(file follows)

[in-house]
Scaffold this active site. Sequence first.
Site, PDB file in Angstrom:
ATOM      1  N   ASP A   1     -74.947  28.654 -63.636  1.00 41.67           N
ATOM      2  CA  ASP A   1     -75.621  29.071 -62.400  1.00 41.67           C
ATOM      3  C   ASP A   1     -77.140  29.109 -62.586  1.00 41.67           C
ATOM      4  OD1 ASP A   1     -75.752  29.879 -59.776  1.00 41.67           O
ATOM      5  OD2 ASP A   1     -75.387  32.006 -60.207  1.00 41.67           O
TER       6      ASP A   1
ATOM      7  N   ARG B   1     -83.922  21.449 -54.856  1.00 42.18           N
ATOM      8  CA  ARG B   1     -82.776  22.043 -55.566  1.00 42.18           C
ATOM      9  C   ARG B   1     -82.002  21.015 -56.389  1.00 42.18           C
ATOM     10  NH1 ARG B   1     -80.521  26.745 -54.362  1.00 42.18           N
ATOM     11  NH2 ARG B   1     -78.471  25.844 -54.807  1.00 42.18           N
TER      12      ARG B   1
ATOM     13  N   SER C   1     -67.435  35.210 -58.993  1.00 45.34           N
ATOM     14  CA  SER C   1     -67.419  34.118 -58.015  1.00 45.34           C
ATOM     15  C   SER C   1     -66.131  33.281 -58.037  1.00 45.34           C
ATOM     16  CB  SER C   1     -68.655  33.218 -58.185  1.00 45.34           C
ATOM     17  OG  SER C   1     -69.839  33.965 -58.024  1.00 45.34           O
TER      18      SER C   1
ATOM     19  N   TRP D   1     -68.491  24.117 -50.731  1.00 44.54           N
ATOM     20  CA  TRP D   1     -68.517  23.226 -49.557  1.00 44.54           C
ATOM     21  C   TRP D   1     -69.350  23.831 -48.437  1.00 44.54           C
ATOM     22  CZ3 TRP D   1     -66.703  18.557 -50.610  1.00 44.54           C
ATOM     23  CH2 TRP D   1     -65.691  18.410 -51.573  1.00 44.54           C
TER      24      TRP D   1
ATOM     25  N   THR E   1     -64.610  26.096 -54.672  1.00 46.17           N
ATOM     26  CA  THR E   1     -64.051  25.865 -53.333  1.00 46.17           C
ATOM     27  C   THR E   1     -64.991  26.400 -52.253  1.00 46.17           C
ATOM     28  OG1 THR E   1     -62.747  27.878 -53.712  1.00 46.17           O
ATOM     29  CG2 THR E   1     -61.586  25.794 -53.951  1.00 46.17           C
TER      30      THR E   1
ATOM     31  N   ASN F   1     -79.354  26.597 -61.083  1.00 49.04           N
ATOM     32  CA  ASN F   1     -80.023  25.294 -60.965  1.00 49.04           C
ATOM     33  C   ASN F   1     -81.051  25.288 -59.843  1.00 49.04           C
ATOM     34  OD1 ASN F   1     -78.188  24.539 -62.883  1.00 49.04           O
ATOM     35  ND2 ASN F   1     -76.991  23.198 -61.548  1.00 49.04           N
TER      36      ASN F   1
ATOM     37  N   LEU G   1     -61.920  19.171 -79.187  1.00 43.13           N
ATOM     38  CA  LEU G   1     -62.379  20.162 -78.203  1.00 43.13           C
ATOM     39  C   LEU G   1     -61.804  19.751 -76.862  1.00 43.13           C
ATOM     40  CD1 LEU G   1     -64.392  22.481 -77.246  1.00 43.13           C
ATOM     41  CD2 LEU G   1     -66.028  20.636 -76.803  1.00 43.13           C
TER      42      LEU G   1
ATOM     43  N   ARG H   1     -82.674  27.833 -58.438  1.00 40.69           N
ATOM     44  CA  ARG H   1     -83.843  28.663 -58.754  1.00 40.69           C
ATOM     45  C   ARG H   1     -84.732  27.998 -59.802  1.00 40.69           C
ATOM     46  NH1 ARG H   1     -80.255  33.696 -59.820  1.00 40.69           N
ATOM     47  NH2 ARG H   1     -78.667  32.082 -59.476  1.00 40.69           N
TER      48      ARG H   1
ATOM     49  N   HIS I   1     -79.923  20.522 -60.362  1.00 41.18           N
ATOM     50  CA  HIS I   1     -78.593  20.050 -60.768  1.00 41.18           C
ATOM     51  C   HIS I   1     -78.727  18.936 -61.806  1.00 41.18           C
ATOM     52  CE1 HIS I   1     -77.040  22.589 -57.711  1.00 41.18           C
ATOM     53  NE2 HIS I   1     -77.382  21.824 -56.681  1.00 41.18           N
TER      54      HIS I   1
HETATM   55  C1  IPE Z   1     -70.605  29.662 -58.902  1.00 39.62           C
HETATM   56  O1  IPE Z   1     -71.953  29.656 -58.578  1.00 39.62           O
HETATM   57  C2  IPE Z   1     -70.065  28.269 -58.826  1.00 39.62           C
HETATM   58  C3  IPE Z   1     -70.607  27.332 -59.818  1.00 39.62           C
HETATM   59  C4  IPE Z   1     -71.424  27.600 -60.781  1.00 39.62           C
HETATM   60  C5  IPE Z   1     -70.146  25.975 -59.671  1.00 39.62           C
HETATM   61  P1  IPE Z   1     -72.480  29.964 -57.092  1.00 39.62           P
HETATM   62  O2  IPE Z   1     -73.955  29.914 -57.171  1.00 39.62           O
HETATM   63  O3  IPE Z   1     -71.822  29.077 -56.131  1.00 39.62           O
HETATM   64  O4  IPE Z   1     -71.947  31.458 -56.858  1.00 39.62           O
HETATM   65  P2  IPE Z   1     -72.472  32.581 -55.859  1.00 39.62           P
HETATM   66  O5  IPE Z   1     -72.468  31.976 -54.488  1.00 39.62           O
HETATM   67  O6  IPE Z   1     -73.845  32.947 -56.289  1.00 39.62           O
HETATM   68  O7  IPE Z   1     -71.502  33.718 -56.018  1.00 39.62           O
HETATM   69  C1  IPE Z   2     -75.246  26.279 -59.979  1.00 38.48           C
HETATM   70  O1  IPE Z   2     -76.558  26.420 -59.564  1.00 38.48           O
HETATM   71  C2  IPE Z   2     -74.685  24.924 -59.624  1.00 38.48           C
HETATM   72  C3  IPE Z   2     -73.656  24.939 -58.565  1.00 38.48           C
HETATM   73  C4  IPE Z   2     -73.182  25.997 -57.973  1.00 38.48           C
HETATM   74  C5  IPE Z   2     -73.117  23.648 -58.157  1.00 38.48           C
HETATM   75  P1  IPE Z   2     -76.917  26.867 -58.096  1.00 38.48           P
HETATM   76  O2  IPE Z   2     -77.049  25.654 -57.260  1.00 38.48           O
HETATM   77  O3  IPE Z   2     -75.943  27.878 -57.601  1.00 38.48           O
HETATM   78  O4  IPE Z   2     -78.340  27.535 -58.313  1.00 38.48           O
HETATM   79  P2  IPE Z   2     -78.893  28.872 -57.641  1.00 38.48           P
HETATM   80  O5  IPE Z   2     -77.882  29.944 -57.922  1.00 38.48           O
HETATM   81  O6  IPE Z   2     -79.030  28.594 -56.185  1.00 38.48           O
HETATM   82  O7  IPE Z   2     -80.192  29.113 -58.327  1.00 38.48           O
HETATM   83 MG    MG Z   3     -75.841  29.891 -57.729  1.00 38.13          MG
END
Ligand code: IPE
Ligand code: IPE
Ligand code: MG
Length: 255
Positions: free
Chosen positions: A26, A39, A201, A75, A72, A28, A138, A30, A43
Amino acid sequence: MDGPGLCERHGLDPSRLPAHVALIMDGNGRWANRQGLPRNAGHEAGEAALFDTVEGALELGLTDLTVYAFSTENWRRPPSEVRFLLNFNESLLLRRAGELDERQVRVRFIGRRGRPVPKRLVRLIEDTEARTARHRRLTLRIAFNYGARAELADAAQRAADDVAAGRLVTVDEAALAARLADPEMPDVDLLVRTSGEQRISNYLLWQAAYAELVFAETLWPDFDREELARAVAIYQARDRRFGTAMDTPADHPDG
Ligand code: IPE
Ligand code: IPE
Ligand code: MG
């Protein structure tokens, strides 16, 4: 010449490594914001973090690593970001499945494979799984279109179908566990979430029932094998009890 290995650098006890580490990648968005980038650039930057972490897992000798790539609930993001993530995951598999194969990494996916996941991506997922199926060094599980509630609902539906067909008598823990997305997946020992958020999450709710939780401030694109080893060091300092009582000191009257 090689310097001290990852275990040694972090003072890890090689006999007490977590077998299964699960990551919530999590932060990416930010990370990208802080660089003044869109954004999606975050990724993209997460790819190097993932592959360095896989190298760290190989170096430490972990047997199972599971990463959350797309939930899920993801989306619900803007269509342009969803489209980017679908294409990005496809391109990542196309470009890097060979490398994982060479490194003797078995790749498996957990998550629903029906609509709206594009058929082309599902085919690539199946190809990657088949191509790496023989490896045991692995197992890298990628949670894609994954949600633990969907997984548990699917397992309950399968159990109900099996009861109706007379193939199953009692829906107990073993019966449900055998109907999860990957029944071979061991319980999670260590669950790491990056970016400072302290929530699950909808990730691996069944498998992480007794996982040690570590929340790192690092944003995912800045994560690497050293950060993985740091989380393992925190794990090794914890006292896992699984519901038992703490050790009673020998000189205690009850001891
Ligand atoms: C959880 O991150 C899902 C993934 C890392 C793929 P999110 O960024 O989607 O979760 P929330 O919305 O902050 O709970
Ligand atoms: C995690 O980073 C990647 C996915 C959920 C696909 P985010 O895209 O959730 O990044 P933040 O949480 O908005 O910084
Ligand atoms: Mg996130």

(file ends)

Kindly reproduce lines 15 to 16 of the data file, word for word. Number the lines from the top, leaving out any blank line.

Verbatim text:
TER      12      ARG B   1
ATOM     13  N   SER C   1     -67.435  35.210 -58.993  1.00 45.34           N